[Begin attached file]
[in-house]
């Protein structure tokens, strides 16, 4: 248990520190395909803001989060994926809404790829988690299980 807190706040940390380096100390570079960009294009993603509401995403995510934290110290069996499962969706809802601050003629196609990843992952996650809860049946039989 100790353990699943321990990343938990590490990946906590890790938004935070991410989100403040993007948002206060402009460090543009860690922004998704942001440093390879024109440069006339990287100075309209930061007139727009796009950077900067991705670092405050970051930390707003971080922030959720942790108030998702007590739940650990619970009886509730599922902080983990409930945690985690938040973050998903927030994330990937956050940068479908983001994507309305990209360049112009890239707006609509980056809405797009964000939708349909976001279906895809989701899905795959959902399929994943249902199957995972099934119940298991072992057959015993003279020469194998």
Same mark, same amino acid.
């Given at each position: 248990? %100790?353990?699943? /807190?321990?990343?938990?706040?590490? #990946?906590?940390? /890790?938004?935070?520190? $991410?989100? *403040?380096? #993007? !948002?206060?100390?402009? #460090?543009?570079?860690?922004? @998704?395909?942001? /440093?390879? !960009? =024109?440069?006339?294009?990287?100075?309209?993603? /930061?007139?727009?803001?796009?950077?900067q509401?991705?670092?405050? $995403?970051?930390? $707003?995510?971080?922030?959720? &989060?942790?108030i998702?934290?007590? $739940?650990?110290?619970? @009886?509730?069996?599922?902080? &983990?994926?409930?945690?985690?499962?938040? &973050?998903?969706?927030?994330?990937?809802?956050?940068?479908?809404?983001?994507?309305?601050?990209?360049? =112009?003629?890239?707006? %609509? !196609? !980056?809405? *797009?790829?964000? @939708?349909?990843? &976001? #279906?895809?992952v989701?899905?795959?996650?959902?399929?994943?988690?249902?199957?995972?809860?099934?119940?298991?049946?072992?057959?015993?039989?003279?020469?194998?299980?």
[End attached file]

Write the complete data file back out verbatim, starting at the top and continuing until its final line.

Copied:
[in-house]
């Protein structure tokens, strides 16, 4: 248990520190395909803001989060994926809404790829988690299980 807190706040940390380096100390570079960009294009993603509401995403995510934290110290069996499962969706809802601050003629196609990843992952996650809860049946039989 100790353990699943321990990343938990590490990946906590890790938004935070991410989100403040993007948002206060402009460090543009860690922004998704942001440093390879024109440069006339990287100075309209930061007139727009796009950077900067991705670092405050970051930390707003971080922030959720942790108030998702007590739940650990619970009886509730599922902080983990409930945690985690938040973050998903927030994330990937956050940068479908983001994507309305990209360049112009890239707006609509980056809405797009964000939708349909976001279906895809989701899905795959959902399929994943249902199957995972099934119940298991072992057959015993003279020469194998």
Same mark, same amino acid.
């Given at each position: 248990? %100790?353990?699943? /807190?321990?990343?938990?706040?590490? #990946?906590?940390? /890790?938004?935070?520190? $991410?989100? *403040?380096? #993007? !948002?206060?100390?402009? #460090?543009?570079?860690?922004? @998704?395909?942001? /440093?390879? !960009? =024109?440069?006339?294009?990287?100075?309209?993603? /930061?007139?727009?803001?796009?950077?900067q509401?991705?670092?405050? $995403?970051?930390? $707003?995510?971080?922030?959720? &989060?942790?108030i998702?934290?007590? $739940?650990?110290?619970? @009886?509730?069996?599922?902080? &983990?994926?409930?945690?985690?499962?938040? &973050?998903?969706?927030?994330?990937?809802?956050?940068?479908?809404?983001?994507?309305?601050?990209?360049? =112009?003629?890239?707006? %609509? !196609? !980056?809405? *797009?790829?964000? @939708?349909?990843? &976001? #279906?895809?992952v989701?899905?795959?996650?959902?399929?994943?988690?249902?199957?995972?809860?099934?119940?298991?049946?072992?057959?015993?039989?003279?020469?194998?299980?």